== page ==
Given the different approaches of scientific and historical enquiry, it is nevertheless from successfully tested hypotheses and confirmed observations and laws that theories about the world around us are developed.

To provide a coherent story, the facts and observations with the supporting hypotheses and theories are brought together. For this purpose a model may be constructed. This is a hypothetical description or representation of the entity or process concerned and the interrelationships within it. These help to answer specific questions, find explanations and make comparisons or predictions.

The knowledge thus gained is presented in a framework which represents current understanding and good practice in the discipline concerned. This may be called a paradigm.1

A paradigm

The current model to explain geological processes has developed over many years and can be used to demonstrate the development of a paradigm. Until recently it was generally believed that the map of the world had changed little and the mountain ranges formed from a cooling and contraction of the earth’s surface.

However as early as the 16th century it had been observed that the continents on either side of the Atlantic appeared to fit each other. Abraham Ortels, who issued the first modern atlas in 1570, suggested that the Americas had been torn away from Europe and Africa. There the hypothesis rested in the absence of any known explanation of how the continents could have moved apart.

From the mid-nineteenth century the idea was revived and the similarity of the geological formations on either side of the southern Atlantic were also noted. The presence of glacial sediments across equatorial America, Africa, India and elsewhere gave weight to the idea that there had been continental scale movement. The fossil evidence also supported this view.

This was the state of knowledge early in the twentieth century. Alfred Wegener, a German geologist, was actively promoting the idea of continental drift but despite the evidence the scientific community refuted it. It was not until the 1960s that the idea was revived. Two discoveries were responsible for this. The magnetic orientation of iron minerals in solidified magma in igneous rocks of different date were found to have different orientations suggesting that either the magnetic pole or the continents had moved.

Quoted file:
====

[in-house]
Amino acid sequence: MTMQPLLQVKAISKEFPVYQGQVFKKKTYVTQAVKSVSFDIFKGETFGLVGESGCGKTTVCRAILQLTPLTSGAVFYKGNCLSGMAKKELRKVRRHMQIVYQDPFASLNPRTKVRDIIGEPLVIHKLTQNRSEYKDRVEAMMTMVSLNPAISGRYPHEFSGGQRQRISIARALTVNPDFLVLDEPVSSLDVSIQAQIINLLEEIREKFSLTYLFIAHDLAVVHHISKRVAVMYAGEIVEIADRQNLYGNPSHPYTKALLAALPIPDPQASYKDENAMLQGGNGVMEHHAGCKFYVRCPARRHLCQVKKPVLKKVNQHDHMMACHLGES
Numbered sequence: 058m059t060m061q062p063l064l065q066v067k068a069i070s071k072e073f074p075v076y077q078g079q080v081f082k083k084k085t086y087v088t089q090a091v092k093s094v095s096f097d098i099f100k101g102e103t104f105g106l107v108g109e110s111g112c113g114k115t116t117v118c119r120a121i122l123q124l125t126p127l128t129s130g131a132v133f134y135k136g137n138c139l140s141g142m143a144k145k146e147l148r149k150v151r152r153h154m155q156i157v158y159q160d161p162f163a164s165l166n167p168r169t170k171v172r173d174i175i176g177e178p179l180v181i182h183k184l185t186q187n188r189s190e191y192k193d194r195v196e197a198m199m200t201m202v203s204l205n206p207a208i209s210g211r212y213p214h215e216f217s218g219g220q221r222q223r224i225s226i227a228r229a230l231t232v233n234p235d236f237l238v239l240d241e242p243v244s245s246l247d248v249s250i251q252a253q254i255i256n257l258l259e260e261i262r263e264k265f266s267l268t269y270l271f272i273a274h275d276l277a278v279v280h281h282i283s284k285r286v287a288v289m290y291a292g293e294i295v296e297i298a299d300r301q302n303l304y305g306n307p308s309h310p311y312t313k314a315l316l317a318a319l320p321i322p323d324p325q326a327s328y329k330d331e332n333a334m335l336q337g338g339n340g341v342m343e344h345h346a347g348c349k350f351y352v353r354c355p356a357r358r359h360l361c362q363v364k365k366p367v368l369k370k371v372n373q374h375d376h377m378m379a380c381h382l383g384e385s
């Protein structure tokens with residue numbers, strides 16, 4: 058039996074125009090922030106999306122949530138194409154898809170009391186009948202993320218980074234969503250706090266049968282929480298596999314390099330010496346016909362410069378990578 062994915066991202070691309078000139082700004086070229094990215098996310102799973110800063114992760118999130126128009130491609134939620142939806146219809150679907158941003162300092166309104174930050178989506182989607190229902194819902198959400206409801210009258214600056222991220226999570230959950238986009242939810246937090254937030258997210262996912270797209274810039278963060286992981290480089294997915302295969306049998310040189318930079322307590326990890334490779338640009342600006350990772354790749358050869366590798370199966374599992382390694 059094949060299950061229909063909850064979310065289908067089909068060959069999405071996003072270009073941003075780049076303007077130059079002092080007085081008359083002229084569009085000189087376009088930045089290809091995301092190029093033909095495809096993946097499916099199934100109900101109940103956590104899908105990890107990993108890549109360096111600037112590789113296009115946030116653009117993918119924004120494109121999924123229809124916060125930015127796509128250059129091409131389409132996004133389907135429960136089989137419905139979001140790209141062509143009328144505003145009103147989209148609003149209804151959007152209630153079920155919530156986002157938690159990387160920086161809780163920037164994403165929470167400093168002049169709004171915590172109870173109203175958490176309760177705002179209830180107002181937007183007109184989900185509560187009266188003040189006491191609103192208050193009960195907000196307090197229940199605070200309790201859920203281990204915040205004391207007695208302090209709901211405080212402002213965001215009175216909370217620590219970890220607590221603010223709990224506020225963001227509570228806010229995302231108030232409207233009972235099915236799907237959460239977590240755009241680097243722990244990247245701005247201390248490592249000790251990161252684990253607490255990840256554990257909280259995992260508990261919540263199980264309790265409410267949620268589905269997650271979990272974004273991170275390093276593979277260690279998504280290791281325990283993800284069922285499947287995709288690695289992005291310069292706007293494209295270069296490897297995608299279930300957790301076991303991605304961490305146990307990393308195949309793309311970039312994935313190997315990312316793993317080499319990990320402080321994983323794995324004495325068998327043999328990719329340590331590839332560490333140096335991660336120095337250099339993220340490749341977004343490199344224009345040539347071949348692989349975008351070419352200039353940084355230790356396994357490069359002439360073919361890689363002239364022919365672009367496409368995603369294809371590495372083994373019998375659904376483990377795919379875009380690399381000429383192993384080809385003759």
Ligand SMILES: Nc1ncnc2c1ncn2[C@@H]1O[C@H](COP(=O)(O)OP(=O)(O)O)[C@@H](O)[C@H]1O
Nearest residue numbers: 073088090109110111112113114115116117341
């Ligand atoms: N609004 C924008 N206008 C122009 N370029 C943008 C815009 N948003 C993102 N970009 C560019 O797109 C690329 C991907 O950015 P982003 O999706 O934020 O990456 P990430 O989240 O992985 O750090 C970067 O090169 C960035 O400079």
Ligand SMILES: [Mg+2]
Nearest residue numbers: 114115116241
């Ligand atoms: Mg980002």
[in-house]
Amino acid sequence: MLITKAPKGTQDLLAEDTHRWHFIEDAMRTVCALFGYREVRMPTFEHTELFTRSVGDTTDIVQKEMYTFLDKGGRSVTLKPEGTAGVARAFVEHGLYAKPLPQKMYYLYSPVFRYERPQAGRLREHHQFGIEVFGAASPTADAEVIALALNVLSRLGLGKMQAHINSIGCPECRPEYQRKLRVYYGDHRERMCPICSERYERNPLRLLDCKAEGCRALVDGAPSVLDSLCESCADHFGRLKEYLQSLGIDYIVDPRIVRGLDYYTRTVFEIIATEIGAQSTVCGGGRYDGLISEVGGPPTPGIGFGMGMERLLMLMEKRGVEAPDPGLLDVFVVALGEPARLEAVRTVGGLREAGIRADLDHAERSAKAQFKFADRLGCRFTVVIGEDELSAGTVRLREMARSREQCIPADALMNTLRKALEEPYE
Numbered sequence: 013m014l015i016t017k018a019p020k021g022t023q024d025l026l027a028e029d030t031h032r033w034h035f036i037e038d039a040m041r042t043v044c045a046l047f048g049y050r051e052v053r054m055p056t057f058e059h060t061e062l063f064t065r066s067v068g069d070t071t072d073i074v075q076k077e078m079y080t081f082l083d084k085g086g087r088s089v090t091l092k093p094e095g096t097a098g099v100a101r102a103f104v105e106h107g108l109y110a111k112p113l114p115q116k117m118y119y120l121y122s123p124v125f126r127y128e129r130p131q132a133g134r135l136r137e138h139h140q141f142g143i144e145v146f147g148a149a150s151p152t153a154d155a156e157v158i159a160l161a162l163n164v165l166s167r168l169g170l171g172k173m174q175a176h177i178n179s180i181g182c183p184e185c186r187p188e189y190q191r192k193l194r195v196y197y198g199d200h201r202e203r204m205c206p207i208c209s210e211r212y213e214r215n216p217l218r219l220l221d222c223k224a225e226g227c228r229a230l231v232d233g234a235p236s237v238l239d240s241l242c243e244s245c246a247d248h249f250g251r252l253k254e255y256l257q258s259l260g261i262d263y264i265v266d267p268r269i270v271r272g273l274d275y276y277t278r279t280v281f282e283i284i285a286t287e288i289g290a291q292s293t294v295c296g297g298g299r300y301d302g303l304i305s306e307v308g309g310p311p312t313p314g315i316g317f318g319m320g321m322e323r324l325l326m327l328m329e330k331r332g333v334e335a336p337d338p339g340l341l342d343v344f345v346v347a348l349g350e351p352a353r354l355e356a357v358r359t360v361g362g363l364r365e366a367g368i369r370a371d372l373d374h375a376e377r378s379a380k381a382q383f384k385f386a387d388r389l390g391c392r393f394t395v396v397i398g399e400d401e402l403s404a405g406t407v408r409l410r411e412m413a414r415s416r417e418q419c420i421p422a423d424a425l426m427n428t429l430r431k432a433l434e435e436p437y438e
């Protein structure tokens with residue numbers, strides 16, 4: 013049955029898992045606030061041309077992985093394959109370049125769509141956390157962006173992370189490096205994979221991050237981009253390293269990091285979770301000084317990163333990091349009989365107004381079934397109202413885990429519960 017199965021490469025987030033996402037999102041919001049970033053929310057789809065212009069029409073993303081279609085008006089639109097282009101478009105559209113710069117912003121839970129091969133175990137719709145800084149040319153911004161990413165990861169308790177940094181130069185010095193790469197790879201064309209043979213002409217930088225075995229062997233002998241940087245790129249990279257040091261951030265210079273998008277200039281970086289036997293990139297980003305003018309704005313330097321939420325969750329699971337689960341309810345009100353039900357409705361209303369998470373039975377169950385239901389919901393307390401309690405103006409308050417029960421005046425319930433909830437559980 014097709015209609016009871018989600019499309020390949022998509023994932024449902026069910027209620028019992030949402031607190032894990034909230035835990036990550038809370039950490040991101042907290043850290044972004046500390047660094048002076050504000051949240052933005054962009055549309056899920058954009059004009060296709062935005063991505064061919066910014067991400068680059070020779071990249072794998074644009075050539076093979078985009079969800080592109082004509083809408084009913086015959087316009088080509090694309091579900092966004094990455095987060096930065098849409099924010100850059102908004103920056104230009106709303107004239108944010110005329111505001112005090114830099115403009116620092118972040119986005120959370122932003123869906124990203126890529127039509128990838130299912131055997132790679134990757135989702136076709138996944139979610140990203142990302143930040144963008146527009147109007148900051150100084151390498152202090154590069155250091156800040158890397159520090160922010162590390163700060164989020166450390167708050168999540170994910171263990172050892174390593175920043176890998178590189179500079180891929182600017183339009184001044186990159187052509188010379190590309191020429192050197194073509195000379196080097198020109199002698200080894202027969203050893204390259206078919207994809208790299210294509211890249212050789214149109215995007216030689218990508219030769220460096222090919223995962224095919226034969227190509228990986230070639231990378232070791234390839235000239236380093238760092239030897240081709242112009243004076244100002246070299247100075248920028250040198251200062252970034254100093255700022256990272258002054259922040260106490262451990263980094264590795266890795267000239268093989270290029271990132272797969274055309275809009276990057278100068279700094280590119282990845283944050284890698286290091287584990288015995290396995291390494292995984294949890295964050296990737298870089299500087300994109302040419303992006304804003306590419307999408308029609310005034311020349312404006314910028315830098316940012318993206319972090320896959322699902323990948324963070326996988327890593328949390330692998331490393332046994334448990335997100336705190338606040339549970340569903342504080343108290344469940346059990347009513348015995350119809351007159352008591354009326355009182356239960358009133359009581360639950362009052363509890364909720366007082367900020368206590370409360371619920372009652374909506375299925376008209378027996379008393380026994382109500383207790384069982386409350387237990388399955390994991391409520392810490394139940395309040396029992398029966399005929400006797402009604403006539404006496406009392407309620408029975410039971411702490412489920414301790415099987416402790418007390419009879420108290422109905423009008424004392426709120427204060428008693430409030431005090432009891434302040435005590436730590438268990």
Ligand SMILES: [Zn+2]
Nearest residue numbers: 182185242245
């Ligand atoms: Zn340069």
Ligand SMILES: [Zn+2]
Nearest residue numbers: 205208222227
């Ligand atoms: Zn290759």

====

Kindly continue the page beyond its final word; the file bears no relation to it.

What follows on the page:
In addition the centre of many oceans were found to have a prominent ridge and fault-lines, suggesting a high level of seismic activity. An example of this is the Mid-Atlantic Ridge, the tectonic plate boundary that separates the Eurasian and North American plates in the North Atlantic, and the African and South American plates in the South Atlantic. A deep rift valley marks the boundary where magma from the mantle reaches the seafloor, erupting as lava and producing new crustal material for the plates. It runs along the axis of the ridge for most of its length and surfaces in Iceland where the North American Plate has been shown to be spreading at a current average of about an inch (2.5 cm) each year.

It is from this evidence that the Plate Tectonic Model2 has been formulated to explain the physical structure of the world. The key principle of plate tectonics is that the lithosphere is formed of separate and distinct tectonic plates, which float on the fluid-like asthenosphere allowing them to move in different directions. There are three different types of plate boundary depending on how the plates move in relation to each other and each is associated with a different type of surface phenomena.

1 Kuhn, T S (1962) The Structure of Scientific Revolutions, Chicago University Press
2 For discussion of plate tectonics see Holmes, Arthur (1993) Principles of Physical Geology, Chapter 28, Chapman & Hall, London (4th edition)